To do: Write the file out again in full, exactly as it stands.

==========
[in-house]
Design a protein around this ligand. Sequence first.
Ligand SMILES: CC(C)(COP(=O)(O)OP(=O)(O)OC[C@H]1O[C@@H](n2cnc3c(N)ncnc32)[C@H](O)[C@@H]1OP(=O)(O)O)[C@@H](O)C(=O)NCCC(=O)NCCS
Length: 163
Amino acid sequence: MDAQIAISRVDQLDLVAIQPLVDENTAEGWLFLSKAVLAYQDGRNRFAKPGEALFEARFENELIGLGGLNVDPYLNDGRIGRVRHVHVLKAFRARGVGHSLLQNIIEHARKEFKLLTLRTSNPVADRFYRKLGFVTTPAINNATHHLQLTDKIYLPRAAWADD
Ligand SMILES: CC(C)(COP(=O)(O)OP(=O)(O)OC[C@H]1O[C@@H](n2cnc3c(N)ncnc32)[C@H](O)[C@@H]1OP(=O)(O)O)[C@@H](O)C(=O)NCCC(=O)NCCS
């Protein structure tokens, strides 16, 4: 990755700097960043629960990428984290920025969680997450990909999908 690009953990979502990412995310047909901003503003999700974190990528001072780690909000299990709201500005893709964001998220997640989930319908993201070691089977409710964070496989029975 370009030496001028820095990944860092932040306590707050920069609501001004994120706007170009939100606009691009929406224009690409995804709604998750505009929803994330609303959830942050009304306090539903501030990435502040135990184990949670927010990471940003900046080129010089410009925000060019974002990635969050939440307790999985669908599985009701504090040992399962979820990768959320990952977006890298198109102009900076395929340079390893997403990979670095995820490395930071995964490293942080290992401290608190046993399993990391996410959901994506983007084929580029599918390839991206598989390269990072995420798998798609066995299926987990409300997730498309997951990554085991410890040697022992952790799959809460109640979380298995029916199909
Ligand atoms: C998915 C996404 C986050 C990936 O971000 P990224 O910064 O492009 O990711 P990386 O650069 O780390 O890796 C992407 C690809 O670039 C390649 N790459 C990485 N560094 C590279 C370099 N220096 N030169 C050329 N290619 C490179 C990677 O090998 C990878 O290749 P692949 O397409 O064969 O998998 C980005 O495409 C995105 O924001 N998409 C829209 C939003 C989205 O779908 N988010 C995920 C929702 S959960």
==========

[in-house]
Design a protein around this ligand. Sequence first.
Ligand SMILES: CC(C)(COP(=O)(O)OP(=O)(O)OC[C@H]1O[C@@H](n2cnc3c(N)ncnc32)[C@H](O)[C@@H]1OP(=O)(O)O)[C@@H](O)C(=O)NCCC(=O)NCCS
Length: 163
Amino acid sequence: MDAQIAISRVDQLDLVAIQPLVDENTAEGWLFLSKAVLAYQDGRNRFAKPGEALFEARFENELIGLGGLNVDPYLNDGRIGRVRHVHVLKAFRARGVGHSLLQNIIEHARKEFKLLTLRTSNPVADRFYRKLGFVTTPAINNATHHLQLTDKIYLPRAAWADD
Ligand SMILES: CC(C)(COP(=O)(O)OP(=O)(O)OC[C@H]1O[C@@H](n2cnc3c(N)ncnc32)[C@H](O)[C@@H]1OP(=O)(O)O)[C@@H](O)C(=O)NCCC(=O)NCCS
């Protein structure tokens, strides 16, 4: 990755700097960043629960990428984290920025969680997450990909999908 690009953990979502990412995310047909901003503003999700974190990528001072780690909000299990709201500005893709964001998220997640989930319908993201070691089977409710964070496989029975 370009030496001028820095990944860092932040306590707050920069609501001004994120706007170009939100606009691009929406224009690409995804709604998750505009929803994330609303959830942050009304306090539903501030990435502040135990184990949670927010990471940003900046080129010089410009925000060019974002990635969050939440307790999985669908599985009701504090040992399962979820990768959320990952977006890298198109102009900076395929340079390893997403990979670095995820490395930071995964490293942080290992401290608190046993399993990391996410959901994506983007084929580029599918390839991206598989390269990072995420798998798609066995299926987990409300997730498309997951990554085991410890040697022992952790799959809460109640979380298995029916199909
Ligand atoms: C998915 C996404 C986050 C990936 O971000 P990224 O910064 O492009 O990711 P990386 O650069 O780390 O890796 C992407 C690809 O670039 C390649 N790459 C990485 N560094 C590279 C370099 N220096 N030169 C050329 N290619 C490179 C990677 O090998 C990878 O290749 P692949 O397409 O064969 O998998 C980005 O495409 C995105 O924001 N998409 C829209 C939003 C989205 O779908 N988010 C995920 C929702 S959960």